Normally secondary characters in a novel are just that, secondary. However, sometimes they are wonderful and almost overpower the main characters, and other times they pull the reader right out of the story with their awfulness. Soul Magic featured a secondary character so incredibly annoying that he nearly ruined an otherwise good book. Thankfully, the character changed his tune and was almost likable by the end. Despite that annoyance, this book turned out better than I expected after an uncertain beginning.
Darrick of Thorncliff has turned into a hard and haunted man. After the love of his life, a Fae princess of Rune named Alanna, jilted him at the altar, he went on Crusade with his brother. The results were disasterous. His brother was killed, he was tormented by guilt over the carnage, and almost immediately upon his return, he had to defend his lands against his evil uncle, Morfran.
Alanna of Rune has her own share of problems. The Fae land of Rune and its inhabitants are losing their magic. Slowly but surely the Fae have lost their strength, and only one of the Fae elders has any real power left. The downfall started five years ago on the eve of Alanna’s wedding. She was raped by Morfran, and in shame and despair retreated to Rune, never telling Darrick what happened. She bore a child, and Caradoc is the light in her life, in spite of the circumstances of his conception. However, he has been kidnapped by a powerful evil Fae, and no one in Rune can locate him. Wynne, the only Fae to hold her full powers, has advised Alanna to seek out Darrick. Wynne believes the two of them are meant to fulfill a powerful prophecy and save Rune. Alanna cares for none of that and only wants her son returned. Reluctantly, she seeks out Darrick to ask for help.
Darrick is none too happy to see Alanna, as he still smarts from her desertion. He refuses to help her until he hears word that Morfran is holding his mother hostage also. (It helps greatly that Alanna reveals the truth behind her desertion as well.) In order to save his mother, he agrees to the quest. One great thing about Darrick is his acceptance of the Fae and Alanna’s powers. He never once doubts Alanna’s words are true, though the same cannot be said about Geoffrey, his second in command.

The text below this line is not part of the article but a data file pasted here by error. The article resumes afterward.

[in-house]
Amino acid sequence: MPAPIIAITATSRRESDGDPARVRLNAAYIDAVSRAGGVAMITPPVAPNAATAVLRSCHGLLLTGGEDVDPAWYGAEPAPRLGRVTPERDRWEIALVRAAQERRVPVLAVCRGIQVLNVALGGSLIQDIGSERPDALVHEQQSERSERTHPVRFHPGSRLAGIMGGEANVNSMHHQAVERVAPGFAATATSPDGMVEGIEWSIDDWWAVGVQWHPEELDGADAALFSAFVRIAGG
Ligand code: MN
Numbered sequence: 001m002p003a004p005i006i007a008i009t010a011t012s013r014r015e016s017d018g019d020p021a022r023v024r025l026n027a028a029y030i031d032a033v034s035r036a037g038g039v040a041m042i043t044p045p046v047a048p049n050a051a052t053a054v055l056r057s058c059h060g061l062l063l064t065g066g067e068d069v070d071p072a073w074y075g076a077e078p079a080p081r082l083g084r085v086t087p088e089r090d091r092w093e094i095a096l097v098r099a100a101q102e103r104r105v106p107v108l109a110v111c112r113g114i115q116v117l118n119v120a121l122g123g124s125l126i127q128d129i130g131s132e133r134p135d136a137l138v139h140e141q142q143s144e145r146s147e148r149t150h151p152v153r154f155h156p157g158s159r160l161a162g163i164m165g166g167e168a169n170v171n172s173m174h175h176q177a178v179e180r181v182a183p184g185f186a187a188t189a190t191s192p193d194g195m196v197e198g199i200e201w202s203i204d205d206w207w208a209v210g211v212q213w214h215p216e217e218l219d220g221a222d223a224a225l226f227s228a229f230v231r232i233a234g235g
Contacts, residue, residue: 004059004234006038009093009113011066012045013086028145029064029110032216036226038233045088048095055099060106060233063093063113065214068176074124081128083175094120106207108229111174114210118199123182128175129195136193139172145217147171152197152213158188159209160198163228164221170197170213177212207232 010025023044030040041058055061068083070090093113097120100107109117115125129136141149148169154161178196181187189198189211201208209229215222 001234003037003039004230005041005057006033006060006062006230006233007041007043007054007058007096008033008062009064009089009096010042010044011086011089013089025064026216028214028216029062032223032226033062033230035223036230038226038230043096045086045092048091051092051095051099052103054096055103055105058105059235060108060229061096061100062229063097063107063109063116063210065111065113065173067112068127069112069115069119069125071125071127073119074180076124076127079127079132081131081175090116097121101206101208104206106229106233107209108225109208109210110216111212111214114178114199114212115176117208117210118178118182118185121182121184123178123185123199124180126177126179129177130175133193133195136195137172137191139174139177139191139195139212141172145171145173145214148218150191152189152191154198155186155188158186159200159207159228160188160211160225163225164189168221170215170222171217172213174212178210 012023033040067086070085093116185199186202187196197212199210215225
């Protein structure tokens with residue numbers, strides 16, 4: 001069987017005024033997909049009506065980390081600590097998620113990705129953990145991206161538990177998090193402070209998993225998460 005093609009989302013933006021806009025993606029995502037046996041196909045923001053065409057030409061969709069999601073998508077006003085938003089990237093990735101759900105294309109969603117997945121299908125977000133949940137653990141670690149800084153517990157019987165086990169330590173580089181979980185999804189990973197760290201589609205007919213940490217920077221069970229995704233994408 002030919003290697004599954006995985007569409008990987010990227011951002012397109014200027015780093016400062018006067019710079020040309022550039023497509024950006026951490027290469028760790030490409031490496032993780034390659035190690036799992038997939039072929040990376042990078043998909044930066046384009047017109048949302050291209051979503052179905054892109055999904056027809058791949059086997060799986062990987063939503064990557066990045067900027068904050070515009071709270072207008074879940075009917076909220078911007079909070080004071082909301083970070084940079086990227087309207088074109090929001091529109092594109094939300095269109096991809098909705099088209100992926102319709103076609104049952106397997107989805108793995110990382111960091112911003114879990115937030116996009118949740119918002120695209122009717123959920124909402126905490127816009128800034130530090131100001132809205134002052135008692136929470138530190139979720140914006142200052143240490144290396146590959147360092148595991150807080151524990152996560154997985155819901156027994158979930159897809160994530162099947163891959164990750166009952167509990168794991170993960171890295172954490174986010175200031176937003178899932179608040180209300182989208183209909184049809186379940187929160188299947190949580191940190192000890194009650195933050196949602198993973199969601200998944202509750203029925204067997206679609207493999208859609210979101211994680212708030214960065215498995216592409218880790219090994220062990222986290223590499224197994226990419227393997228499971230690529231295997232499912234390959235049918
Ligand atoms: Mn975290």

I was certain that Geoffrey would drive me insane before I finished this book. His constant religious zealotry and bigotry, though consistent with its Medieval setting, was an annoyance. He never seemed to let up, and at times his behavior overpowered the narrative. Every time he looked at Alanna he decided she was: a) evil, b) a witch, c) in league with the devil, d) trying to harm Darrick; etc. etc. ad nauseum. Fortunately, a secondary romance changed his mind part way through the book and his character mellowed considerably, although his narrow-mindedness persisted in some areas.
The strength in this book was the relationship between Darrick and Alanna. Darrick truly cares for Alanna, even though she dumped him. To Alanna’s credit, she tells him from the beginning what Morfran did to her (even if the book begins five years after the deed). Darrick wants to champion Alanna even if her son is Morfran’s. Alanna is slower to accept their relationship as she still suffers from a fear of men thanks to her ordeal at Morfran’s hands. She is willing to talk with Darrick, however, and works through her feelings for him. She comes to accept that the only way to save Caradoc is to accept Darrick in her heart.
Geoffrey is not the book’s only weakness. Some of the secondary plotting poses a problem as well. Darrick’s mother is mentioned, but never truly makes any meaningful appearance; she is merely a conflict point for the plot. Similarly, Caradoc briefly appears as the card-board cut-out of a gifted, perfect child. Geoffrey’s constant doomsday attitude throughout most of the first half of the book was bad enough, but and he and his lover developed a completely asinine plot involving Darrick and Alanna for no real reason in the second half, again to further unnecessary conflict in the plot.
While this secondary plotting detracted from the main storyline, it didn’t really bother me (in the way Geoffrey did) , and most of the problems resolved themselves by the end of the book. Darrick and Alanna make this a story worth reading, and though Soul Magic isn’t the best paranormal I’ve read lately, it remained a compelling enough to keep me reading, and that always means I’ve enjoyed myself.